10 warning signs of depression

According to data from the National Institute of Mental Health, 8.4% of adults in the country have experienced at least one depressive episode. Depression is a significant mental health issue that makes one feel uninterested in activities they previously enjoyed, and they can constantly feel sad and hopeless for no concrete reason. Understanding some warning signs of depression may enable one to seek timely help to heal from the condition:

Loss of interest in previously-enjoyed activities
The Diagnostic and Statistical Manual of Mental Disorders (DSM-5) suggests that individuals with major depressive episodes experience loss of interest in their daily activities over a period of at least two weeks. For example, they may be withdrawn from their hobbies and pastimes or experience low sex drives. Depression typically affects one’s ability to experience pleasure.

Changes in the sleep cycle
Drastic changes in one’s sleep schedule are among the common symptoms of depression. Individuals with depression may either face extreme difficulties in falling asleep or may indulge in oversleeping. Research has demonstrated a strong association between depression and sleep disorders such as insomnia and obstructive sleep apnea.

Social withdrawal
Clinical depression often causes an individual to pull away or withdraw from social situations, even minimizing interactions with one’s close friends and family members. Such reclusive behavior can worsen other depressive symptoms, causing a vicious cycle.

Negative self-talk
Depression may lead to or be accompanied by constant feelings of low self-worth. Such feelings lead to negative, critical self-talk that can be self-damaging in the long run. Research studies have depicted the harmful effects of such negative self-talk on cognitive functioning and overall well-being.

Physical pain
A latent sign of depression is physical pain accompanied by mental and emotional distress. Individuals with depression may experience pain in certain body parts, including the back and head. Sometimes, the pain may aggravate other depression symptoms, leading to a vicious cycle of physical and mental discomfort.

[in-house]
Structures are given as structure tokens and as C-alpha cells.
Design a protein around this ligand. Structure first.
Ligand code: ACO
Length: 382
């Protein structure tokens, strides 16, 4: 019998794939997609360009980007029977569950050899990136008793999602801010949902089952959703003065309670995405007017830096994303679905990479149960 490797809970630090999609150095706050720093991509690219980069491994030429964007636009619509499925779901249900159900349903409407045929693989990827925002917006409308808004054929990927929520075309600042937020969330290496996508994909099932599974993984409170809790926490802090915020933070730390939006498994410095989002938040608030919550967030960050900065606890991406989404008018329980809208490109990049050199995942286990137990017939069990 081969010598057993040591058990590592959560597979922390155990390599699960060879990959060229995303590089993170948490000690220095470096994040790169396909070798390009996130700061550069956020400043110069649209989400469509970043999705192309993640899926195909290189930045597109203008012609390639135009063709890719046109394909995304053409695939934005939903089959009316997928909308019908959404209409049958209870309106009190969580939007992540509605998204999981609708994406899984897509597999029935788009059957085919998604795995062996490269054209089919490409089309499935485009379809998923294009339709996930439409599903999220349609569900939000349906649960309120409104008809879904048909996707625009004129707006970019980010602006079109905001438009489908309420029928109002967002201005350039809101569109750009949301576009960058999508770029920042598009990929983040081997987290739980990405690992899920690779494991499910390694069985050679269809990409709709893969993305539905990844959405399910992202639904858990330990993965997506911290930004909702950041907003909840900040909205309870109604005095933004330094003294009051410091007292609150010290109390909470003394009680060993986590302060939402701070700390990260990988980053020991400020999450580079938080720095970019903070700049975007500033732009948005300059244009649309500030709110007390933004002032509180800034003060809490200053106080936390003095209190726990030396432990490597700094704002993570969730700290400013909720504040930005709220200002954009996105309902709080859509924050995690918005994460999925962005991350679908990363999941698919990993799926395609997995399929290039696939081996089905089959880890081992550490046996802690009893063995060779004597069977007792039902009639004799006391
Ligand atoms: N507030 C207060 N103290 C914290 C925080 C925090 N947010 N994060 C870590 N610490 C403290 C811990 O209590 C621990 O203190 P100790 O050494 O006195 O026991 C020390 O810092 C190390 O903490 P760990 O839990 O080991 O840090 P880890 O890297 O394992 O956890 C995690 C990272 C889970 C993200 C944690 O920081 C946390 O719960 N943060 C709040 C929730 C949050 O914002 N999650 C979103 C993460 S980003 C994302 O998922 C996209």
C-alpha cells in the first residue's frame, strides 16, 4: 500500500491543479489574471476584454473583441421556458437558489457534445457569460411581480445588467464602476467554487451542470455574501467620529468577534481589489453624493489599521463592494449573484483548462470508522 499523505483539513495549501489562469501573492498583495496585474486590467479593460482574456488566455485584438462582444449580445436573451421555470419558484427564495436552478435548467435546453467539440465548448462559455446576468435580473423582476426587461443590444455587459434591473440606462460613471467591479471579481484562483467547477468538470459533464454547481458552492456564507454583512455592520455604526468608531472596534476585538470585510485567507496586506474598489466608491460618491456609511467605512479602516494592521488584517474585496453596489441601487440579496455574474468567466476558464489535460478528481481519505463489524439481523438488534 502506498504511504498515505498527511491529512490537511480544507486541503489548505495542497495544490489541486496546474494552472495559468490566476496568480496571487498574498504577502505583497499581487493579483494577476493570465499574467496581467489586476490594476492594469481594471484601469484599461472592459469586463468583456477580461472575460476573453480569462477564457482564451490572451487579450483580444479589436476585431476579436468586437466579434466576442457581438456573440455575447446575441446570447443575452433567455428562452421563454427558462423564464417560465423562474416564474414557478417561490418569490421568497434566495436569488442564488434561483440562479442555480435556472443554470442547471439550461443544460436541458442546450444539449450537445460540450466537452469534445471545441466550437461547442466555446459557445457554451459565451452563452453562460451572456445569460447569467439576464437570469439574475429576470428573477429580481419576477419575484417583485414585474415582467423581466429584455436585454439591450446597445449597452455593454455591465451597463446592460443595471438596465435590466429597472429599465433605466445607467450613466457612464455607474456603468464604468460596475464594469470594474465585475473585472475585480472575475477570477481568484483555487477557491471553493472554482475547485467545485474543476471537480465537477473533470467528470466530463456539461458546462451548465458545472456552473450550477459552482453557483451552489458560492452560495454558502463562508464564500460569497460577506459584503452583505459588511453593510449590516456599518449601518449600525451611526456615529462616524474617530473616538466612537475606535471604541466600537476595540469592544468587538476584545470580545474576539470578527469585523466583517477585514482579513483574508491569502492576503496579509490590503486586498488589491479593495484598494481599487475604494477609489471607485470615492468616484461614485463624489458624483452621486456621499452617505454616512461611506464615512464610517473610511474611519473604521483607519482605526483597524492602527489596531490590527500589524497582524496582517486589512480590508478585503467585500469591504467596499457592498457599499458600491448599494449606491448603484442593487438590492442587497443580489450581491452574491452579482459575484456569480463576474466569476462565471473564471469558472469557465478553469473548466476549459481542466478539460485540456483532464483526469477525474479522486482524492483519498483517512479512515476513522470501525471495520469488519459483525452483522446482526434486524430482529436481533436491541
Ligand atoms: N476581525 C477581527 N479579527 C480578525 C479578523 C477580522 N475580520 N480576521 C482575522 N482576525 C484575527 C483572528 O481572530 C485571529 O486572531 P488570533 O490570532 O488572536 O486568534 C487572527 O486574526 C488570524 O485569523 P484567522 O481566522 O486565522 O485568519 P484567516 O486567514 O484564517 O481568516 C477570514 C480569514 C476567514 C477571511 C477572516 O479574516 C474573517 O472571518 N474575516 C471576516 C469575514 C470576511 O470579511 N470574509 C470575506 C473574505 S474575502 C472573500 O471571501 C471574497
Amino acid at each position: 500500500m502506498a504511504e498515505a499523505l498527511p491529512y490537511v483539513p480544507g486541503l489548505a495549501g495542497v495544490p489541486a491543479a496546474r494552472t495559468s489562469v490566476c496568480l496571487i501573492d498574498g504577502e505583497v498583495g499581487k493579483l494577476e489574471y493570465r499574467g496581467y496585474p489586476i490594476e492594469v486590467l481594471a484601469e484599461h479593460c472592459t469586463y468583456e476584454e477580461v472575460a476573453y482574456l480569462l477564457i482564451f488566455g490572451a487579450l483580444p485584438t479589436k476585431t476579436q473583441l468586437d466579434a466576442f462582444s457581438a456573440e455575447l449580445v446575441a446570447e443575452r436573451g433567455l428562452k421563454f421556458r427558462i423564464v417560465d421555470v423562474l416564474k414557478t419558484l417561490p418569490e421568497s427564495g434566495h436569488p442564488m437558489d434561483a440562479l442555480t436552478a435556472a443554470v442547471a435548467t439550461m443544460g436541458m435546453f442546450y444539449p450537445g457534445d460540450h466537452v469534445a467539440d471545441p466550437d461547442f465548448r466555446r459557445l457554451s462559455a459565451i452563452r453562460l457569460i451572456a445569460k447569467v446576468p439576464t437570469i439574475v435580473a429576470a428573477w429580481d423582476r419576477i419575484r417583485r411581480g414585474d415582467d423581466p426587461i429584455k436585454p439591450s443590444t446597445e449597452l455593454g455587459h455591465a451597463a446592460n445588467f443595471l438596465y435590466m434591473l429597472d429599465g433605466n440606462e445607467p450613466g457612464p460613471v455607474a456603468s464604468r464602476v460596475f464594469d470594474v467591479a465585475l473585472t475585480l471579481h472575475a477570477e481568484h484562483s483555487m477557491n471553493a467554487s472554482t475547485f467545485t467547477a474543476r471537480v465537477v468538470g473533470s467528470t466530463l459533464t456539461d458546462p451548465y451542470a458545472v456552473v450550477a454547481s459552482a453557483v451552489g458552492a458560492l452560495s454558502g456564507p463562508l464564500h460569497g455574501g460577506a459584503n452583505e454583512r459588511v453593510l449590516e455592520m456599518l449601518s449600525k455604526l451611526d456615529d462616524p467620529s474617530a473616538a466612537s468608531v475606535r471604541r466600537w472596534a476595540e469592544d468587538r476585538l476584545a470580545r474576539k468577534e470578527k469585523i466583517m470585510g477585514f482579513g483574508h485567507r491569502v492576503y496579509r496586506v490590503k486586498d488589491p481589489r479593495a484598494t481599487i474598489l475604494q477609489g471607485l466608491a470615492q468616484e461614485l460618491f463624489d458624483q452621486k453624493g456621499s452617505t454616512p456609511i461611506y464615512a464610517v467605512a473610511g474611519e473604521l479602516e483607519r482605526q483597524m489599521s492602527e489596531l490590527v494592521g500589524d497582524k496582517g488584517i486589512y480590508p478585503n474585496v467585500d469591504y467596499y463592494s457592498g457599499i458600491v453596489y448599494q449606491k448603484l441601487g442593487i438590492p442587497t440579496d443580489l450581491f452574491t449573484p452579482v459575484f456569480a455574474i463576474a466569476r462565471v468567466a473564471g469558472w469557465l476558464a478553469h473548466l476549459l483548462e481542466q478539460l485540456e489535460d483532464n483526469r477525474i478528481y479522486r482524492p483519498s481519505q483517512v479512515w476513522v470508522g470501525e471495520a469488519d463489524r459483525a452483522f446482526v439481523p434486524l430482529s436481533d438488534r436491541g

Difficulties with concentration
Issues with concentration, memory, and other cognitive functions are common symptoms of depression. Persons with depression may often lose their chain of thought while communicating or may be easily distracted. Such symptoms can worsen their social interactions and promote reclusiveness. It can also affect their overall productivity at the workplace.

Constant fatigue
Depression may also involve acute loss of energy and feelings of constant fatigue and sluggishness. Heaviness of the body and the inability to complete even basic day-to-day tasks can affect one’s daily functioning significantly.

Negligence of personal hygiene
Depressive episodes can cause one to neglect basic personal hygiene activities like brushing one’s teeth, bathing, combing, and shaving. Prolonged negligence of personal hygiene can cause physical problems like infections and allergies.

Suicidal thoughts or attempts
Many individuals with depression often report being unable to imagine a better future or have pleasant memories of the past. Consequently, depressive thoughts and perpetual feelings of despair can lead one to contemplate or attempt suicide.

Reckless behavior
Impulsive and reckless behavior is a common symptom associated with depressive disorder. Such behaviors may stem from a surge of nervous energy, often caused upon having contemplated suicide. Studies suggest that such reckless behaviors are often more prevalent among men, who may indulge in overspending, risky sexual behaviors, participating in dangerous sports, etc., when grappling with depression.